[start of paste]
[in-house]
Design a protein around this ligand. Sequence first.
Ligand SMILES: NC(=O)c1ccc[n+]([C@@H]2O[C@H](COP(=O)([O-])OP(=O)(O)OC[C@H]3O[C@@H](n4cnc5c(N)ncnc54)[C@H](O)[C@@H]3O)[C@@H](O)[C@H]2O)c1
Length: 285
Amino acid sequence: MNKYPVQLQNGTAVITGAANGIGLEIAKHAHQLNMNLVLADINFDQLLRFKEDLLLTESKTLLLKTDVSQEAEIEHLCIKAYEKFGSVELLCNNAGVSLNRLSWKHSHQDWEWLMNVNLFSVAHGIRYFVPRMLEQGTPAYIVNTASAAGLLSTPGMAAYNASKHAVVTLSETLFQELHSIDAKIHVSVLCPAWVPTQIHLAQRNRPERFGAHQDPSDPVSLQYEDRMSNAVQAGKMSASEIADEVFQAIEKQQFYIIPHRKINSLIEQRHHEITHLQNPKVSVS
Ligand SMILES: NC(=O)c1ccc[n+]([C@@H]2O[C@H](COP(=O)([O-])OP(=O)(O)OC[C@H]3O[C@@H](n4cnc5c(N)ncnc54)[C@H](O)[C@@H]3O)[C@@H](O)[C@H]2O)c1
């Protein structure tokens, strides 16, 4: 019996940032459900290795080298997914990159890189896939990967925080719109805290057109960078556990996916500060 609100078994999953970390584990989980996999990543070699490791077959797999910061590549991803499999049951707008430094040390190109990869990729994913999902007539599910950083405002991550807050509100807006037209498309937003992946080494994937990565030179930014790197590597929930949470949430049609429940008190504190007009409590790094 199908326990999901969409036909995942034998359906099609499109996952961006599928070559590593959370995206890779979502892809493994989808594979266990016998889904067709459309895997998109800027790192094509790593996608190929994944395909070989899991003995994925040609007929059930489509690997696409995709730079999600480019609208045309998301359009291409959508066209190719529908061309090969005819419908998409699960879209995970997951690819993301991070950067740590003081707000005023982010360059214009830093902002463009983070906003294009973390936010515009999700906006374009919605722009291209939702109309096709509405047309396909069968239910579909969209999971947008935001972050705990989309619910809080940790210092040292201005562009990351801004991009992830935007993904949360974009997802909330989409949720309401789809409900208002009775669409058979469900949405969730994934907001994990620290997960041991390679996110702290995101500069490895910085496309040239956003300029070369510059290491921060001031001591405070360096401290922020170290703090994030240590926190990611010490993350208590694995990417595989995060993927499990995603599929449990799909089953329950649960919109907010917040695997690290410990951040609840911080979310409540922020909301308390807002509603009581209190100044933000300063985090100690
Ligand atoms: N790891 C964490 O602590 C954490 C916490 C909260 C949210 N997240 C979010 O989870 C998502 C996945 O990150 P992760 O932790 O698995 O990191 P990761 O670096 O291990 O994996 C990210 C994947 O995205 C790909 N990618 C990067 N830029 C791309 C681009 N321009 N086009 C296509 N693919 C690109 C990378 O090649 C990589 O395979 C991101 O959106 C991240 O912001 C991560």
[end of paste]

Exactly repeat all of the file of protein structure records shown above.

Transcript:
[in-house]
Design a protein around this ligand. Sequence first.
Ligand SMILES: NC(=O)c1ccc[n+]([C@@H]2O[C@H](COP(=O)([O-])OP(=O)(O)OC[C@H]3O[C@@H](n4cnc5c(N)ncnc54)[C@H](O)[C@@H]3O)[C@@H](O)[C@H]2O)c1
Length: 285
Amino acid sequence: MNKYPVQLQNGTAVITGAANGIGLEIAKHAHQLNMNLVLADINFDQLLRFKEDLLLTESKTLLLKTDVSQEAEIEHLCIKAYEKFGSVELLCNNAGVSLNRLSWKHSHQDWEWLMNVNLFSVAHGIRYFVPRMLEQGTPAYIVNTASAAGLLSTPGMAAYNASKHAVVTLSETLFQELHSIDAKIHVSVLCPAWVPTQIHLAQRNRPERFGAHQDPSDPVSLQYEDRMSNAVQAGKMSASEIADEVFQAIEKQQFYIIPHRKINSLIEQRHHEITHLQNPKVSVS
Ligand SMILES: NC(=O)c1ccc[n+]([C@@H]2O[C@H](COP(=O)([O-])OP(=O)(O)OC[C@H]3O[C@@H](n4cnc5c(N)ncnc54)[C@H](O)[C@@H]3O)[C@@H](O)[C@H]2O)c1
């Protein structure tokens, strides 16, 4: 019996940032459900290795080298997914990159890189896939990967925080719109805290057109960078556990996916500060 609100078994999953970390584990989980996999990543070699490791077959797999910061590549991803499999049951707008430094040390190109990869990729994913999902007539599910950083405002991550807050509100807006037209498309937003992946080494994937990565030179930014790197590597929930949470949430049609429940008190504190007009409590790094 199908326990999901969409036909995942034998359906099609499109996952961006599928070559590593959370995206890779979502892809493994989808594979266990016998889904067709459309895997998109800027790192094509790593996608190929994944395909070989899991003995994925040609007929059930489509690997696409995709730079999600480019609208045309998301359009291409959508066209190719529908061309090969005819419908998409699960879209995970997951690819993301991070950067740590003081707000005023982010360059214009830093902002463009983070906003294009973390936010515009999700906006374009919605722009291209939702109309096709509405047309396909069968239910579909969209999971947008935001972050705990989309619910809080940790210092040292201005562009990351801004991009992830935007993904949360974009997802909330989409949720309401789809409900208002009775669409058979469900949405969730994934907001994990620290997960041991390679996110702290995101500069490895910085496309040239956003300029070369510059290491921060001031001591405070360096401290922020170290703090994030240590926190990611010490993350208590694995990417595989995060993927499990995603599929449990799909089953329950649960919109907010917040695997690290410990951040609840911080979310409540922020909301308390807002509603009581209190100044933000300063985090100690
Ligand atoms: N790891 C964490 O602590 C954490 C916490 C909260 C949210 N997240 C979010 O989870 C998502 C996945 O990150 P992760 O932790 O698995 O990191 P990761 O670096 O291990 O994996 C990210 C994947 O995205 C790909 N990618 C990067 N830029 C791309 C681009 N321009 N086009 C296509 N693919 C690109 C990378 O090649 C990589 O395979 C991101 O959106 C991240 O912001 C991560």